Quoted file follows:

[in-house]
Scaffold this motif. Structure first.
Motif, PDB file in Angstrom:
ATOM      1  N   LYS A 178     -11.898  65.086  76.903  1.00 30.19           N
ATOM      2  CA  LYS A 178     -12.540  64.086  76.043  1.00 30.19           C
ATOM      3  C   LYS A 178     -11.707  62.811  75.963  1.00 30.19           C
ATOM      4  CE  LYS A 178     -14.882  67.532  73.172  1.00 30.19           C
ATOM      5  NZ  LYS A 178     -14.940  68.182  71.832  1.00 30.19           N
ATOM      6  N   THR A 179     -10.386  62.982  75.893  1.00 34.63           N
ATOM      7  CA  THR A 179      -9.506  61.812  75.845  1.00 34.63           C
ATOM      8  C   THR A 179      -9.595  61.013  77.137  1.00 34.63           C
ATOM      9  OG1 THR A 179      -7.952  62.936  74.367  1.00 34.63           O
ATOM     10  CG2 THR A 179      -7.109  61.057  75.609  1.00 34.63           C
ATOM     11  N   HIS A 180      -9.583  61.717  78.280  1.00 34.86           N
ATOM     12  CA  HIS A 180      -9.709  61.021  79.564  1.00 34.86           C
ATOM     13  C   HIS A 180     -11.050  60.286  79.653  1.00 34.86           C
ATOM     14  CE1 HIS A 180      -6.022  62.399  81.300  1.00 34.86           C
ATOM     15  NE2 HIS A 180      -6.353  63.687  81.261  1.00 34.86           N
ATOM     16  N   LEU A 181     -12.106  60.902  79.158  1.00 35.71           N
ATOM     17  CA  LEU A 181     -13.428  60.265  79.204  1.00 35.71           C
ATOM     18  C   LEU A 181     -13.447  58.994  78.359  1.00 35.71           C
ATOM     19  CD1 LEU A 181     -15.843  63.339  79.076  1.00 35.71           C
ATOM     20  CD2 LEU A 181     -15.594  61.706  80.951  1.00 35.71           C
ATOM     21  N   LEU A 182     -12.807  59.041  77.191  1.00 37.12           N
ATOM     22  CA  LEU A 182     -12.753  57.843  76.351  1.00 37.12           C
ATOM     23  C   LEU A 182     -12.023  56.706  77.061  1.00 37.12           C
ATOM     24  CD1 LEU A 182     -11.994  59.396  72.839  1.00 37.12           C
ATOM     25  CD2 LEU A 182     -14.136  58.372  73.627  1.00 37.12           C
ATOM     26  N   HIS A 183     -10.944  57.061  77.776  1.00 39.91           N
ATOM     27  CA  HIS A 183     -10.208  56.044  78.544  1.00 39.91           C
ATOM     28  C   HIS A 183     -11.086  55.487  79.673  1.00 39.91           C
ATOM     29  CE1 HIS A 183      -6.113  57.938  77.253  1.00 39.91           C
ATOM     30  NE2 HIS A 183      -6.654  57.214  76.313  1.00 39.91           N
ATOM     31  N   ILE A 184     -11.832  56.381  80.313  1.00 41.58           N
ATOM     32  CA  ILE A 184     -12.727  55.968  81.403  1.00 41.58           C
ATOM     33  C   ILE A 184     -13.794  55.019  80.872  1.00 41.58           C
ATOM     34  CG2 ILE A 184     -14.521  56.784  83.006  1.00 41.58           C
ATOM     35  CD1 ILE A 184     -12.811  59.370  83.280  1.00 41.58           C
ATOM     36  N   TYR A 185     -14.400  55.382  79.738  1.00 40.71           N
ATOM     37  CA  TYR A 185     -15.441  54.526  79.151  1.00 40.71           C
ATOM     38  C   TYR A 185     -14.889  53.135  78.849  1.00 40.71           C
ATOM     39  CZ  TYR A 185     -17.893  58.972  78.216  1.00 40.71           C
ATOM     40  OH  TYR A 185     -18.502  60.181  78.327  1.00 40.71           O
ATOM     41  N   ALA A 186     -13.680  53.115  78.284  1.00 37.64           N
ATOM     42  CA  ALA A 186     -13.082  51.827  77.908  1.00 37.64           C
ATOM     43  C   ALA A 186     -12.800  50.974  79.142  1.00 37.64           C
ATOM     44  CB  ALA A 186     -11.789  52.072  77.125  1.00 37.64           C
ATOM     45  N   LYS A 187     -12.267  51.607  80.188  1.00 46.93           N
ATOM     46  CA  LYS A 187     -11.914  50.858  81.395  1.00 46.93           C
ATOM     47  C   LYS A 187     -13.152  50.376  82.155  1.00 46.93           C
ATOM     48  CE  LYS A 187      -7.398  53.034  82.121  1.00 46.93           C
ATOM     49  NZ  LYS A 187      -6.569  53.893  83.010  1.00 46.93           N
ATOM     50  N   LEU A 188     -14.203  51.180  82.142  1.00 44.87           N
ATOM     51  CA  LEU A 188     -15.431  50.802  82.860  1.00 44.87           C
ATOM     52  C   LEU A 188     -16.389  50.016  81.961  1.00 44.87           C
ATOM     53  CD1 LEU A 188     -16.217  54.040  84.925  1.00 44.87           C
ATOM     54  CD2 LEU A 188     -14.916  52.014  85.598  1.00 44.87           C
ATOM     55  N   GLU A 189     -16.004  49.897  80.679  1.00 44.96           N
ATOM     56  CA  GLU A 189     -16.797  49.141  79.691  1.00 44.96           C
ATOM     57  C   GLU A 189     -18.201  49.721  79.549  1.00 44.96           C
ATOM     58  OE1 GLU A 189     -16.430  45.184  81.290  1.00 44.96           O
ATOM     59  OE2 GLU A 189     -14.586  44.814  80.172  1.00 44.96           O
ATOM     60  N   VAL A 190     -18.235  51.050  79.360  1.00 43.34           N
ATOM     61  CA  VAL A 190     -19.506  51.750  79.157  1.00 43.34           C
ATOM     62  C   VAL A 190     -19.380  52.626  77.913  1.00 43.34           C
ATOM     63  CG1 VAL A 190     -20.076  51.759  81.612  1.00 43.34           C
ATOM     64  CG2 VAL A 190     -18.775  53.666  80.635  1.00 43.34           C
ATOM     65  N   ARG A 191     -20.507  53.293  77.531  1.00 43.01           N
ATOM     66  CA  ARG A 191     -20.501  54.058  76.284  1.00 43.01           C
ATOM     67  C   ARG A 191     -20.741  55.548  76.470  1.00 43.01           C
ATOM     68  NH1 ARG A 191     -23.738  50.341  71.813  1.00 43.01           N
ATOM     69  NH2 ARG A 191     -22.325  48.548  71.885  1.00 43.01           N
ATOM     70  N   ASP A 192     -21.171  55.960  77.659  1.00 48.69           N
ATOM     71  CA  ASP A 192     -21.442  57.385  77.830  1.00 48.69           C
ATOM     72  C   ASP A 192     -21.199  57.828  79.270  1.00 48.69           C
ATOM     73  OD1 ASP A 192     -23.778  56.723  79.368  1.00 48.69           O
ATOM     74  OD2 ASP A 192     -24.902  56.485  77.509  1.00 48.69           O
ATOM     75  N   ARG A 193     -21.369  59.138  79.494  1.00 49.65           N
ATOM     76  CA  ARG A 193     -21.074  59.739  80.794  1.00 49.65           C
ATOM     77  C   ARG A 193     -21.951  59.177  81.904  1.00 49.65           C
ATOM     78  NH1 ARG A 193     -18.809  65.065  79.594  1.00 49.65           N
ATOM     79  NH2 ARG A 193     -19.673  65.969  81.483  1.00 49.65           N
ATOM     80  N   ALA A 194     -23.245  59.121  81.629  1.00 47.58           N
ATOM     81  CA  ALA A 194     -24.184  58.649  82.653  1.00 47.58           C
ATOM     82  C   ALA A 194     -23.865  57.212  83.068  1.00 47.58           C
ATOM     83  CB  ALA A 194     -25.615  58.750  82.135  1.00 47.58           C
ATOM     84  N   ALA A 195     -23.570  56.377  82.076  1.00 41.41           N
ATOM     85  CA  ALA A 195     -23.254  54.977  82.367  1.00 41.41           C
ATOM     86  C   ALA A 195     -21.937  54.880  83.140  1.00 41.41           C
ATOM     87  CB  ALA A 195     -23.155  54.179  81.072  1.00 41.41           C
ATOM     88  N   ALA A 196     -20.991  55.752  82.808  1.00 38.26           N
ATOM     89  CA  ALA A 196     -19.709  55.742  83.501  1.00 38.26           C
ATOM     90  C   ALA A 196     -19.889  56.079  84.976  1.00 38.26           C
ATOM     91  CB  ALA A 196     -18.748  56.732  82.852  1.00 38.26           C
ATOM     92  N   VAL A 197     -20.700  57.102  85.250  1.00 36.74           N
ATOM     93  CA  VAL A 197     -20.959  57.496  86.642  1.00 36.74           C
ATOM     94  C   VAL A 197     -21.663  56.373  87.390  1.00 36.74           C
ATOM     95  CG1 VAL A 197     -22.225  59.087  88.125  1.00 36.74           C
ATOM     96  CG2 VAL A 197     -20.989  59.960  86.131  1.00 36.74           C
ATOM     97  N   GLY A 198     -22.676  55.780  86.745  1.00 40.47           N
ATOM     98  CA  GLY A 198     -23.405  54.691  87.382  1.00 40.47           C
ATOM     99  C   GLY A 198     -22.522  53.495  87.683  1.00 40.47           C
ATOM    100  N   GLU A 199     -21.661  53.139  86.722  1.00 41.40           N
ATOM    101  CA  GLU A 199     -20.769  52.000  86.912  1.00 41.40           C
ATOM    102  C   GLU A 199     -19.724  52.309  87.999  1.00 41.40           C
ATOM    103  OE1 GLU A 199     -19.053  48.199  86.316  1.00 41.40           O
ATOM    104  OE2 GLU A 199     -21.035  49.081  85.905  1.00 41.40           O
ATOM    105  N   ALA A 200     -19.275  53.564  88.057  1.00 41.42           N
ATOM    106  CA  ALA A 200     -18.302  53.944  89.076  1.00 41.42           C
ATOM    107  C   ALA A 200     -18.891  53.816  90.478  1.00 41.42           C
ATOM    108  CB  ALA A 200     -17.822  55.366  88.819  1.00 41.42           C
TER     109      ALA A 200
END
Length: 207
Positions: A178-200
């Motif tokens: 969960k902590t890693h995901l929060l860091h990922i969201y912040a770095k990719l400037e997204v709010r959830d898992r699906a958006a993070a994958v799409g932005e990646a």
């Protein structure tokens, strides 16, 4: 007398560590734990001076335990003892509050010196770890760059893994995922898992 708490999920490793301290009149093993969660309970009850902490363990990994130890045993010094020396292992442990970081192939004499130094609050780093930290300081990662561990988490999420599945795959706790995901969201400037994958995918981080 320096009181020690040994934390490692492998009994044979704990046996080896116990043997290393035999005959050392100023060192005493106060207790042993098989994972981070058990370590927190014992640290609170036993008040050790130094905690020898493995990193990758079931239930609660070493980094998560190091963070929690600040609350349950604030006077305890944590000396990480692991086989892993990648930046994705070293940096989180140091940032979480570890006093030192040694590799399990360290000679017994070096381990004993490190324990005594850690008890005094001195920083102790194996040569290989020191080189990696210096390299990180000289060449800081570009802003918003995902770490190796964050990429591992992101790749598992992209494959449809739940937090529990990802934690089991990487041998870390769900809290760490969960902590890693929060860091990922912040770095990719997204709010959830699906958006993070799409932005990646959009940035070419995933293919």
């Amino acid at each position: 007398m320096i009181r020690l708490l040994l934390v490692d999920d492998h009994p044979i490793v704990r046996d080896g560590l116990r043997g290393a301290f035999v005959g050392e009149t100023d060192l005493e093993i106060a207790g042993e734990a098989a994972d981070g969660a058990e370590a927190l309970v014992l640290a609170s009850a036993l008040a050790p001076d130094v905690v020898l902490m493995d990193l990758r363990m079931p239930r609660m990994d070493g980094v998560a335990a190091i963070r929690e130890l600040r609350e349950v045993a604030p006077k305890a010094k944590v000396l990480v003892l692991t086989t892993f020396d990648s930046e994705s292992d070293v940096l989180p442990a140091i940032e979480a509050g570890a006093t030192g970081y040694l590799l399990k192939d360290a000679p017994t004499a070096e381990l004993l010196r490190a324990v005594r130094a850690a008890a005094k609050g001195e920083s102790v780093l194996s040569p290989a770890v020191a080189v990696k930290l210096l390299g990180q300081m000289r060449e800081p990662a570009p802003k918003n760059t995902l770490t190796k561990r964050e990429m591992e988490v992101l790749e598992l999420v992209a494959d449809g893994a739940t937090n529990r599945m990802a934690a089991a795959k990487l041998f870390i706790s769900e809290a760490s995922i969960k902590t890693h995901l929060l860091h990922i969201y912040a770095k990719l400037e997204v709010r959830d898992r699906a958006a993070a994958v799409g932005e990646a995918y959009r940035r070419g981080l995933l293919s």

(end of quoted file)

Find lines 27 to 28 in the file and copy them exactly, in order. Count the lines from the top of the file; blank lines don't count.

ATOM     24  CD1 LEU A 182     -11.994  59.396  72.839  1.00 37.12           C
ATOM     25  CD2 LEU A 182     -14.136  58.372  73.627  1.00 37.12           C